Photographer, book reviewer, mama, cat-lover in Seattle. Originally from England.
You can find my reviews on Goodreads, Amazon, and Edelweiss+.
School library volunteer at my son's K8 school. Member of ALA and YALSA.
Review requests ~ email@example.com
As soon as I find out there’s a book about boarding school to read, I’m there. I’m just a little bit spurred on by the fact I went to boarding school myself at the age of 11 (encouraged by reading books by Enid Blyton, in fact), and so I’ll eat up any book on the subject. Harry Potter was quite a thing, after all.
S.T.A.G.S. is far from being Hogwarts, however.
The main character, Greer, is at a prestigious private school (St. Aidan The Great School, which doesn’t in real life exist), on scholarship, among many wealthy kids from aristocracy. She feels out of place and is both somehow reluctant and desperate to fit in.
She gets invited on a fancy ‘hunting, shooting, fishing’ weekend by the top group of kids at the school, known as the Medievals, and led by the dashing but snobbish and rather repugnant Henry de Warlencourt.
Greer is both blown away by the lifestyle of these wealthy young elites, who are used to being tended on by servants, and somehow as if they are grooming her to be one of them, along with two other ‘Savages’ like her. The whole weekend is filled with fine foods, and the activities of Old, (the hunt, shooting pheasant, and fishing), and connection to the outside world is abandoned. The three of these invited students suddenly seem like the hunted and the weekend turns very sour.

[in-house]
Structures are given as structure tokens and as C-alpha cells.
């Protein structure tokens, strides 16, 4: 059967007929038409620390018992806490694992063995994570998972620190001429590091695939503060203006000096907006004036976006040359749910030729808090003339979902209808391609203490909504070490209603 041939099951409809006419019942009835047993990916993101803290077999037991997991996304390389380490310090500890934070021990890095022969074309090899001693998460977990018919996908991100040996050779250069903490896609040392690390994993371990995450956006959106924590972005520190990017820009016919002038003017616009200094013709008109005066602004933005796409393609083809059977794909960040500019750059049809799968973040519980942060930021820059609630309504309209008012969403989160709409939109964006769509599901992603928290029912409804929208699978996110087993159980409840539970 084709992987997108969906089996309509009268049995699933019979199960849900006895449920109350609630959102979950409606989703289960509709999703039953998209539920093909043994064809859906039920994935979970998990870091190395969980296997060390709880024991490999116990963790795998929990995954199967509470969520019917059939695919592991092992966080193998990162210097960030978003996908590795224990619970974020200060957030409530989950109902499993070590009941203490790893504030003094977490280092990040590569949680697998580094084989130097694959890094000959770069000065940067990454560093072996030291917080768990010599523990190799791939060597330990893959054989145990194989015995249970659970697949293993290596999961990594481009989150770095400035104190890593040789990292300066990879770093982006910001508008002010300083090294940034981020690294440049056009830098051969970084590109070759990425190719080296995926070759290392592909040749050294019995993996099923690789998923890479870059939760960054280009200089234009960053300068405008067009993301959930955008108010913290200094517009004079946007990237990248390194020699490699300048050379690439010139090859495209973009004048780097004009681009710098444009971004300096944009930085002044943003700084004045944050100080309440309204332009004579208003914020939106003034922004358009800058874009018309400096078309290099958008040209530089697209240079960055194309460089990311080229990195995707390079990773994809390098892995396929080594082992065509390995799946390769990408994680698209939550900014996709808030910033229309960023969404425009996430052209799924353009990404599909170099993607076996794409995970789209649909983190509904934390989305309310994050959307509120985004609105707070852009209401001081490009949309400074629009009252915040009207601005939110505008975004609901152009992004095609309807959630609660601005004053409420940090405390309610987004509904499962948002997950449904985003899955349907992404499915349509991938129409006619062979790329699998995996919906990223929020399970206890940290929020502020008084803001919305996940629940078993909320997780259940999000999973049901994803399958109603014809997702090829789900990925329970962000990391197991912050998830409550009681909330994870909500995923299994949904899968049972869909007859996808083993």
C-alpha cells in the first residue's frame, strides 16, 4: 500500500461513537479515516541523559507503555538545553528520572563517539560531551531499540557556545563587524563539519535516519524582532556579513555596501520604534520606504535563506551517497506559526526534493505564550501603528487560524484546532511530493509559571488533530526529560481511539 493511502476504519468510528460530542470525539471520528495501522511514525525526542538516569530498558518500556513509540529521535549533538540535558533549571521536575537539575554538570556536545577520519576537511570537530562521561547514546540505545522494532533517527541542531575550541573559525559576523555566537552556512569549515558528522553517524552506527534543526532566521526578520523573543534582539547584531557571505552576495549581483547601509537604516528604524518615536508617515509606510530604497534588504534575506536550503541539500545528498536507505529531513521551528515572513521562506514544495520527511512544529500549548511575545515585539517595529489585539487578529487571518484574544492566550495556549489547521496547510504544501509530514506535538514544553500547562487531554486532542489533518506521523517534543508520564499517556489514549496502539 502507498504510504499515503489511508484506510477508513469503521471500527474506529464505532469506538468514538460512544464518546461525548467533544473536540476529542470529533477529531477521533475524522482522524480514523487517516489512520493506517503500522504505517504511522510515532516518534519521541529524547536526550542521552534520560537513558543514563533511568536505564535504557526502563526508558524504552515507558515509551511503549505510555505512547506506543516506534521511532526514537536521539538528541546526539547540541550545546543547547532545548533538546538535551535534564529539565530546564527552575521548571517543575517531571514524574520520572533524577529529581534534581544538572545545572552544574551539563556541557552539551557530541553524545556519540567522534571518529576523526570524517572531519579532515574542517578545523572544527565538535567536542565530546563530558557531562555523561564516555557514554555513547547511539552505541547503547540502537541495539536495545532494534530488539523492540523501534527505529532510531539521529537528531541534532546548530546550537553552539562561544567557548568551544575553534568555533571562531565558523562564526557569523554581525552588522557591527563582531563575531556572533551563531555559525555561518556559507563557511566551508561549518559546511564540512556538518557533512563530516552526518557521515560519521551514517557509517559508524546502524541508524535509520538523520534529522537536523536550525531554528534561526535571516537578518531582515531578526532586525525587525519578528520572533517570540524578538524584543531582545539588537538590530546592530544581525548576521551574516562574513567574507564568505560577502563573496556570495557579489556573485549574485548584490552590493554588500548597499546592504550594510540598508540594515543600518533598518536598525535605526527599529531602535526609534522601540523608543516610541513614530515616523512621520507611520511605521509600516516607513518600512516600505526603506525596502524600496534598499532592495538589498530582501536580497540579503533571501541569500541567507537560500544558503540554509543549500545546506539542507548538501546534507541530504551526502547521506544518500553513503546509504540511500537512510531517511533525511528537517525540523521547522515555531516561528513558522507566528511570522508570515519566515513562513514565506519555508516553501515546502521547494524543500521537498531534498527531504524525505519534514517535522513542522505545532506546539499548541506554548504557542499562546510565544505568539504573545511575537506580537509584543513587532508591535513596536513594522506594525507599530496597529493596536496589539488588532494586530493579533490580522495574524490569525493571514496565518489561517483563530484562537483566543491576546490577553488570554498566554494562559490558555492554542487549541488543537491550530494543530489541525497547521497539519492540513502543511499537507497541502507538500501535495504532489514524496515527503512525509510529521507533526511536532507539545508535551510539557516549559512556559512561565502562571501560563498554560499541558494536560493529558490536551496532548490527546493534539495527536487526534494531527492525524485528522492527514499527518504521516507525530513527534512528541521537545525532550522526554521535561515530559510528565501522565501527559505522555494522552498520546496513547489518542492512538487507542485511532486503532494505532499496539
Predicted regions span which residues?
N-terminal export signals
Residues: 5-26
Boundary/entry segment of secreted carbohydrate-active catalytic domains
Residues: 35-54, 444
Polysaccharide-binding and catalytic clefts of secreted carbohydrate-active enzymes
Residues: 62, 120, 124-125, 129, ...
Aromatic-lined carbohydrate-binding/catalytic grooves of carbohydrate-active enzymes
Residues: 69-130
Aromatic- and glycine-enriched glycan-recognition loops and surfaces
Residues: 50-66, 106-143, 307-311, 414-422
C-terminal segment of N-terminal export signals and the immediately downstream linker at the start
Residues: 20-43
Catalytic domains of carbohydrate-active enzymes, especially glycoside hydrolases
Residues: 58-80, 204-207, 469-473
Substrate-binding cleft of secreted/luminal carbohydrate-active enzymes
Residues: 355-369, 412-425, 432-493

While the story was exciting to read in general, I have good things to say about this book and few misgivings. The premise of these three invitees being trapped with these Medievals, these kids who are sometimes so nauseating (and I’ve met some of them in my past) is spot on, and becomes frightening. The hunt and the shoot can be hard to stomach (I am dead set against these antiquated ‘sports of Old) and can’t stand the glee taken by the wealthy in thinking that these pasttimes that connect them to the past should be glorified. But I really relished how the author depicted life in the stately home, and loved how Bennett also wrote about Greer’s connection to
her father through watching old movies together (especially since I’m a film buff).
The ending was pretty clever and wound tightly in a neat bow, and overall this is a entertaining read. I think especially so for American readers, since this is highly ‘British’ in its approach and plot.
While this is already out in the UK, thank you for the early release from NetGalley for the book here in the US.